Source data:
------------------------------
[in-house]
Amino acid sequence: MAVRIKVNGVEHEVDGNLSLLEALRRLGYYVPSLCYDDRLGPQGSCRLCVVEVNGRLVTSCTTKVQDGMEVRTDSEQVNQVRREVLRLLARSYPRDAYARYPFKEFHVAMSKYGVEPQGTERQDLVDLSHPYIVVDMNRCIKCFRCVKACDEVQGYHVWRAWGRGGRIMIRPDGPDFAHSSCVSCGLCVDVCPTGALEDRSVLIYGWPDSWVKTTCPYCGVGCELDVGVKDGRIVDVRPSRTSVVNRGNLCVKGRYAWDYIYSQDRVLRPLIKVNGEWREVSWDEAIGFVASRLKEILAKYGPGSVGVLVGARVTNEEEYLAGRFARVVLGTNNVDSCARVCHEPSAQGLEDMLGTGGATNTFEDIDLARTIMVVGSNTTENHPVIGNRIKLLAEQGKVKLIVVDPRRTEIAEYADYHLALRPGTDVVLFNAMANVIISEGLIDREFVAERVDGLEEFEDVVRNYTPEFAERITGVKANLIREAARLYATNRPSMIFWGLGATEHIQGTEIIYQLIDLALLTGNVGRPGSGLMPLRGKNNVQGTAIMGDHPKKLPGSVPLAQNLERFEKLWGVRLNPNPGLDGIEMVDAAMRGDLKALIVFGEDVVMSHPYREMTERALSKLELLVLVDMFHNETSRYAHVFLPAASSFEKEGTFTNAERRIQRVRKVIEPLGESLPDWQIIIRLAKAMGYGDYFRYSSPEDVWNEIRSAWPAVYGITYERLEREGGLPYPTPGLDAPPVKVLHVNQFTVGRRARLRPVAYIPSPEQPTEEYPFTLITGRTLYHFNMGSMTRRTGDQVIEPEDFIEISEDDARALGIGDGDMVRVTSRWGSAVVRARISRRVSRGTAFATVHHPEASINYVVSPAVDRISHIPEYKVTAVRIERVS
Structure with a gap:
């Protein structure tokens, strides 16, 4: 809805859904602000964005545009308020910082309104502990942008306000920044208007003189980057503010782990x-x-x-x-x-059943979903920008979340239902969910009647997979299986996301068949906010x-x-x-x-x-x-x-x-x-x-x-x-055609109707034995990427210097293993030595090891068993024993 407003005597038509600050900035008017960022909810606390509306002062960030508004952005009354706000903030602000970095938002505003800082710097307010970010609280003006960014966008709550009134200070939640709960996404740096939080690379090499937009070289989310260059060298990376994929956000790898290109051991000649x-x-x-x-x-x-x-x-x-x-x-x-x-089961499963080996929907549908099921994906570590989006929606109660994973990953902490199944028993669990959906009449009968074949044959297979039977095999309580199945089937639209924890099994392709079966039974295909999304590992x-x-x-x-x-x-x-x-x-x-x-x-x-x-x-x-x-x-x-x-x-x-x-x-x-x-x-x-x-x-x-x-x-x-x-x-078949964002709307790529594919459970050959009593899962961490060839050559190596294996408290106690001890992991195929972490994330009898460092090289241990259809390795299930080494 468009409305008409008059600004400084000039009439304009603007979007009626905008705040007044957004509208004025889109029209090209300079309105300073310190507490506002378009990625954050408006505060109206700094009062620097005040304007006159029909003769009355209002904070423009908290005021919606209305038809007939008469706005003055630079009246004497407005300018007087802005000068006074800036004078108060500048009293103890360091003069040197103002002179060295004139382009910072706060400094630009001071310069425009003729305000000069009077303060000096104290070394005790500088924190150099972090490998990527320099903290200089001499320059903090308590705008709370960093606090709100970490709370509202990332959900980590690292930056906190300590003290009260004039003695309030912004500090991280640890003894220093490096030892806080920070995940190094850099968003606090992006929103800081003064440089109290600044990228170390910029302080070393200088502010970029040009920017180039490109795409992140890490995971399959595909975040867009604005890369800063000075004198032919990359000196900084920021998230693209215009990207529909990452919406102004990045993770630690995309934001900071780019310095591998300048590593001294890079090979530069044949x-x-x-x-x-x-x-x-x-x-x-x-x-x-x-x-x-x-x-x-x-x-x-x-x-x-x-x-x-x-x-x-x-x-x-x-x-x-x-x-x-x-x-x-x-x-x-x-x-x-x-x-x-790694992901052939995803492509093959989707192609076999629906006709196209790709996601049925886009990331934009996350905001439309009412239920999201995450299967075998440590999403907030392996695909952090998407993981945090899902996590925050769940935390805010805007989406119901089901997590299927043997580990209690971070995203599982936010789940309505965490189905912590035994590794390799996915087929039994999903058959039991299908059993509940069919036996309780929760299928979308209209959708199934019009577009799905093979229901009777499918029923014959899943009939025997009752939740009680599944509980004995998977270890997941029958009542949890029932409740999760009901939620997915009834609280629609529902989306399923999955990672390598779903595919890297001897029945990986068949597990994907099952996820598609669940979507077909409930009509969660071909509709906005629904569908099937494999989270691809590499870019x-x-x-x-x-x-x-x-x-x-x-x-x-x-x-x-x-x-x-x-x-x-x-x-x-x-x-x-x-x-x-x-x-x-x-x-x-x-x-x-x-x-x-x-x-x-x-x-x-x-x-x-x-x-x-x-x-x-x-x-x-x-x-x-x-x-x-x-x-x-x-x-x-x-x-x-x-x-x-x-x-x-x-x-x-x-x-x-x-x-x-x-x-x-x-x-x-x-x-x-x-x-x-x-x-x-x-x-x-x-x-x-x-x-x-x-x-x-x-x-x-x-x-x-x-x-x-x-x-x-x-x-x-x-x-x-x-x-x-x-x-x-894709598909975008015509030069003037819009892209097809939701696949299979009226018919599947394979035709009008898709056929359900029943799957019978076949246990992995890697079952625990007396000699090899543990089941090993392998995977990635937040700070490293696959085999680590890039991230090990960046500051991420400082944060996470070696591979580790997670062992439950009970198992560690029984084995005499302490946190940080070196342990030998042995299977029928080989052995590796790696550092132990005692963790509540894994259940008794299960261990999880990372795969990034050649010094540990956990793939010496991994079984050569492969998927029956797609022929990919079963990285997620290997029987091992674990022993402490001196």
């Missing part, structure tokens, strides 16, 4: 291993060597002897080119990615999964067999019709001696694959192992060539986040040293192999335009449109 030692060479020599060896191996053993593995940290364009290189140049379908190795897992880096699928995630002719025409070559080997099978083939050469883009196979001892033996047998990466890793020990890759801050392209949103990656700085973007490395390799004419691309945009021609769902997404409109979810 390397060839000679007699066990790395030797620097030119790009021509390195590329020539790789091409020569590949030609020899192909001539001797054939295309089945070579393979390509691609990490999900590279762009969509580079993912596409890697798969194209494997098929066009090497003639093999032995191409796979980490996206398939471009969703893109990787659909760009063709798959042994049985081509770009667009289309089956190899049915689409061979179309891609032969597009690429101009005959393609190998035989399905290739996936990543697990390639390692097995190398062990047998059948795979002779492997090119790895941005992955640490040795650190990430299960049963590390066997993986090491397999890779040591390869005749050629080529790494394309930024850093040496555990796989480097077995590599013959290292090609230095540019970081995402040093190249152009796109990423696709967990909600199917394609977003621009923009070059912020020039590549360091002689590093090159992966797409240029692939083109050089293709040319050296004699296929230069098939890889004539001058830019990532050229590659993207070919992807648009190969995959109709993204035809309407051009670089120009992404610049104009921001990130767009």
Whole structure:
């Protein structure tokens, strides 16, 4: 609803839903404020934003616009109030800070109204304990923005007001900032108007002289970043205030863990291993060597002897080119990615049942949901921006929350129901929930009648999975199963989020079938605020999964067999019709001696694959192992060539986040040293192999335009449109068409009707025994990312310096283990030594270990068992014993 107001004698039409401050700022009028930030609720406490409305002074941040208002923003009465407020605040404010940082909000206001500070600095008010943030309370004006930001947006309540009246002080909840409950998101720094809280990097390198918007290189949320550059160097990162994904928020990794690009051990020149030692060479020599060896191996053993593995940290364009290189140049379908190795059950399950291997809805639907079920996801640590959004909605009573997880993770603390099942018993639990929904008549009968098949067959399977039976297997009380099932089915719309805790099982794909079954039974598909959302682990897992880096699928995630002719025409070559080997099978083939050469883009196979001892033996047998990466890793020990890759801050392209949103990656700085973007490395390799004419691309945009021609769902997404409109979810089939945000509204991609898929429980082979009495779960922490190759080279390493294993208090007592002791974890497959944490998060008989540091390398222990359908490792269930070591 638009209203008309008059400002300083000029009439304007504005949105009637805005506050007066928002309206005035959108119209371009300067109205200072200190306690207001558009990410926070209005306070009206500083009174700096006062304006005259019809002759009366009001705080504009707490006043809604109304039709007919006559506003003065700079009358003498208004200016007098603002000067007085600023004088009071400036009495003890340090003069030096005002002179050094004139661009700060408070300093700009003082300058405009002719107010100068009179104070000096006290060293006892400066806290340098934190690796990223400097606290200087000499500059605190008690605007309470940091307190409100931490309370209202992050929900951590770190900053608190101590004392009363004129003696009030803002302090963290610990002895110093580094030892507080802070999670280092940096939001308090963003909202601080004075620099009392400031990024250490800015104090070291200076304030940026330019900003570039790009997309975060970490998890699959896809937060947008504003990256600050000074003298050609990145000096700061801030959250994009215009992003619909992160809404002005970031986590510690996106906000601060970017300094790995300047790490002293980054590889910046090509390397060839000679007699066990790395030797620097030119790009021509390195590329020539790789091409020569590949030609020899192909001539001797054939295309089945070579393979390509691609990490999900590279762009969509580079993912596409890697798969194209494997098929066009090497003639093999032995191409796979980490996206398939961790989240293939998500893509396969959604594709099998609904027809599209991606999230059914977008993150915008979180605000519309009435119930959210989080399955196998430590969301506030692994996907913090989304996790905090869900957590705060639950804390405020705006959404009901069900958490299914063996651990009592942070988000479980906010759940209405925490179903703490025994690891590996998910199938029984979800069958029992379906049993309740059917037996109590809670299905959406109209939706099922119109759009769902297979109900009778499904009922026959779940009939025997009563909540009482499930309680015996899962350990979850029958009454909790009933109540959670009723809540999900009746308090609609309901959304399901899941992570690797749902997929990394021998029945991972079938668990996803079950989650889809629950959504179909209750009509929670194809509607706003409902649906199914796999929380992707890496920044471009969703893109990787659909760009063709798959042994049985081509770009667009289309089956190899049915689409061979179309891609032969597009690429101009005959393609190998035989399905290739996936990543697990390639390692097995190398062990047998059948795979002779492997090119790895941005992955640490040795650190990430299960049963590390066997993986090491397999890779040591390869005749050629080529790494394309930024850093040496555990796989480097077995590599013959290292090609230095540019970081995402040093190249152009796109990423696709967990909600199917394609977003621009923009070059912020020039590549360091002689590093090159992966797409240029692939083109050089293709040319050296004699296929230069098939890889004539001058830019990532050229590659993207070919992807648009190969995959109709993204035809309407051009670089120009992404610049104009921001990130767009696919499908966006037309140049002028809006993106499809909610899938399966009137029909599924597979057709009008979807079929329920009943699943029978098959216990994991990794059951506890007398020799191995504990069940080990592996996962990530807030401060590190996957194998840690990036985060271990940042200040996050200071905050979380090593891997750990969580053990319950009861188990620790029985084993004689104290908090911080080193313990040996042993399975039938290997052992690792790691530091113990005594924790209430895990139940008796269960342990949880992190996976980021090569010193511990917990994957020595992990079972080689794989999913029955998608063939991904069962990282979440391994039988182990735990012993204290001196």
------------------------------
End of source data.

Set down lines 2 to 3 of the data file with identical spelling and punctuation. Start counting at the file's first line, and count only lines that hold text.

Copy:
Amino acid sequence: MAVRIKVNGVEHEVDGNLSLLEALRRLGYYVPSLCYDDRLGPQGSCRLCVVEVNGRLVTSCTTKVQDGMEVRTDSEQVNQVRREVLRLLARSYPRDAYARYPFKEFHVAMSKYGVEPQGTERQDLVDLSHPYIVVDMNRCIKCFRCVKACDEVQGYHVWRAWGRGGRIMIRPDGPDFAHSSCVSCGLCVDVCPTGALEDRSVLIYGWPDSWVKTTCPYCGVGCELDVGVKDGRIVDVRPSRTSVVNRGNLCVKGRYAWDYIYSQDRVLRPLIKVNGEWREVSWDEAIGFVASRLKEILAKYGPGSVGVLVGARVTNEEEYLAGRFARVVLGTNNVDSCARVCHEPSAQGLEDMLGTGGATNTFEDIDLARTIMVVGSNTTENHPVIGNRIKLLAEQGKVKLIVVDPRRTEIAEYADYHLALRPGTDVVLFNAMANVIISEGLIDREFVAERVDGLEEFEDVVRNYTPEFAERITGVKANLIREAARLYATNRPSMIFWGLGATEHIQGTEIIYQLIDLALLTGNVGRPGSGLMPLRGKNNVQGTAIMGDHPKKLPGSVPLAQNLERFEKLWGVRLNPNPGLDGIEMVDAAMRGDLKALIVFGEDVVMSHPYREMTERALSKLELLVLVDMFHNETSRYAHVFLPAASSFEKEGTFTNAERRIQRVRKVIEPLGESLPDWQIIIRLAKAMGYGDYFRYSSPEDVWNEIRSAWPAVYGITYERLEREGGLPYPTPGLDAPPVKVLHVNQFTVGRRARLRPVAYIPSPEQPTEEYPFTLITGRTLYHFNMGSMTRRTGDQVIEPEDFIEISEDDARALGIGDGDMVRVTSRWGSAVVRARISRRVSRGTAFATVHHPEASINYVVSPAVDRISHIPEYKVTAVRIERVS
Structure with a gap: